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Meaning of employment income
Section 46AB VEA – Meaning of employment income
Employment income is income earned, received or derived from remunerative work as an employee, in an employer/employee relationship. Income from self-employment as a Sole Trader business, or other forms of business income, is not employment income but may be defined as gainful work income for the work bonus. See gainful work income.
Employment income in the form of salary, wages, commissions and employment-related fringe benefits satisfies the test of employment income.
In considering whether a person is receiving employment income or business income (as a self-employed Sole Trader or from a Partnership, Private Company or Trust), the same factors should be considered as in assessing whether the income should be treated as business income for the income test generally:
· persons receiving employment income would normally receive PAYG pay slips and Payment Summaries from their employer,
· employment income is recorded as a gross amount on a person's individual income tax return as “Salary or wages” or “Allowances, earnings, tips, etc”,
· business income of a self-employed Sole Trader is recorded in the Supplementary section of the individual's income tax return, allowing for deduction of expenses, and a net figure is transferred into the Income section of the tax return, and
· business income of a Partnership, Private Company or Trust is recorded in a separate business income tax return with net income distributions transferred into the individual's income tax return.
Income generated by a person's business is only employment income if it is paid by the business to the individual in the form of a wage or salary. To satisfy this requirement it must be shown as an expense (Salary or Wages) on the Business Profit and Loss statement and as “Salary or wages” or “Allowances, earnings, tips, etc.” on the individual's income tax return.
Amounts not part of employment income
Section 46AB VEA - Meaning of employment income
Amounts which are excluded from the employment income concession, requiring that they be assessed in full under the income test, are:
·payments of compensation or payments under an insurance scheme relating to the person's inability to earn, derive or receive employment from remunerative work
·comparable foreign pension payments, and
·leave payments to persons no longer involved in remunerative work.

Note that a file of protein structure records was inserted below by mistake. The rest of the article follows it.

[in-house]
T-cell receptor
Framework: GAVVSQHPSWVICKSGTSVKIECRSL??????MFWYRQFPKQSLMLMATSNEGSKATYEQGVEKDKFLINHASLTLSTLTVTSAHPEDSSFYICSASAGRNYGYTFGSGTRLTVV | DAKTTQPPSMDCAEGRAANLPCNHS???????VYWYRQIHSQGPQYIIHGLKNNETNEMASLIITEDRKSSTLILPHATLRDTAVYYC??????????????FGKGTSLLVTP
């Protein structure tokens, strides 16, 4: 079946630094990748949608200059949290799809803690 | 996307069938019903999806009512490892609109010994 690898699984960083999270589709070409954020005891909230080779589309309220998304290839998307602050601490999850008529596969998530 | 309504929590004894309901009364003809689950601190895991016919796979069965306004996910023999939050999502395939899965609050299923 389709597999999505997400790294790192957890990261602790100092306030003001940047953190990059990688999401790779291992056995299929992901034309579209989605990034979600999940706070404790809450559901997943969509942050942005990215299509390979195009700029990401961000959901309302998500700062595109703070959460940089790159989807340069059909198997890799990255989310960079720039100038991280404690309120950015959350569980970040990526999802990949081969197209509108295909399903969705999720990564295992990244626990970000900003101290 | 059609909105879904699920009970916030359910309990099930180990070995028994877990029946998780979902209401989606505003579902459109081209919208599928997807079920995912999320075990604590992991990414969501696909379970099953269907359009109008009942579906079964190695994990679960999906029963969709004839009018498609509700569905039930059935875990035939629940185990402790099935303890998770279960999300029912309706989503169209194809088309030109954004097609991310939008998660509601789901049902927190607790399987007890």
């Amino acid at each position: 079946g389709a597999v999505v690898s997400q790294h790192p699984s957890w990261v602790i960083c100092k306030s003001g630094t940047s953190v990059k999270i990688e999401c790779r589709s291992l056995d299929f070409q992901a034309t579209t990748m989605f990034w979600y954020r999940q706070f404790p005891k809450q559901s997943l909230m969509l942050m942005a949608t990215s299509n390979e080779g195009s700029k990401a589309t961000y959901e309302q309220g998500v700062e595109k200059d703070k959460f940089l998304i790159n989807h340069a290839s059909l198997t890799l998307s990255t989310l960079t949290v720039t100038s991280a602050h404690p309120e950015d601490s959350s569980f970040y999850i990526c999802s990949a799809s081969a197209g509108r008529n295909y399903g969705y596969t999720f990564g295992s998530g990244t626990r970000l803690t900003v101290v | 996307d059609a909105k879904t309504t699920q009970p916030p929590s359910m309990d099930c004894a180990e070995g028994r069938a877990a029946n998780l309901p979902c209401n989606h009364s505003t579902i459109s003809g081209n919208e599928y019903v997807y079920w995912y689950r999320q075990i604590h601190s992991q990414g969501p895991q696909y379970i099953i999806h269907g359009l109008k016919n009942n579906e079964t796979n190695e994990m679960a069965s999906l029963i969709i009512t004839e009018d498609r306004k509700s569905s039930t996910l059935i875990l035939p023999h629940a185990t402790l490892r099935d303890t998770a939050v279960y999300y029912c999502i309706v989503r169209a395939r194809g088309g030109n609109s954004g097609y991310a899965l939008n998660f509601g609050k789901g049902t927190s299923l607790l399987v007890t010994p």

Assessment of leave payments
Where a person has actually ceased working for an employer and has received payments in lieu of accrued leave, or has stopped work and is continuing to be paid outstanding leave entitlements leading up to the cessation date of their employment, these payments have no association with the person's engagement in remunerative employment. These leave payments are excluded from the meaning of employment income whether the payments are made as a lump sum, a series of regular payments or otherwise.
Sick leave, annual leave, maternity leave, long service leave and other leave types from which the person returns in order to resume their remunerative employment are assessed as part of employment income.
From 1 July 2019, all director’s fees will be assessed as employment income and eligible for the work bonus.
Prior to 1 July 2019
When assessing remuneration described as director's fees, it is necessary that the person receives the payment in the form of salary, wages or commission, in their capacity as an employee of the company, for the Work Bonus to apply.
Director's fees are therefore generally excluded from the meaning of employment income where the person is attributed with control over the company or entity making the payments. In these cases the person's ownership or control means that they are undertaking the role of employer, and the necessary conditions for the Work Bonus, that the person is performing remunerative work undertaken in an employer/employee relationship, is unlikely to exist
Where a person works for a company or other entity in which they exercise no control, or has no association (e.g. no family connection) with those controlling the entity, remuneration designated as director's fees may be regarded as employment income where the delegate is otherwise satisfied that the person is genuinely undertaking work in an employer/employee relationship.
Royalty payments are not generally work bonus income. Where remunerative work has been undertaken, this may be considered gainful work income and included as work bonus income.
For work bonus purposes, employment income is ordinary income that is earned, derived or received from remunerative work undertaken by a person in an employer/employee relationship. It includes salary, wages, commissions and employment related fringe benefits, but does not include business income.
The following payments are excluded from the definition of employment income:
- superannuation payments,
- payments of compensation or payments under an insurance scheme relating to a person's inability to earn, derive or receive employment from remunerative work,
- termination payments,
- comparable foreign pension payments, and
- leave payments to persons no longer involved in remunerative work.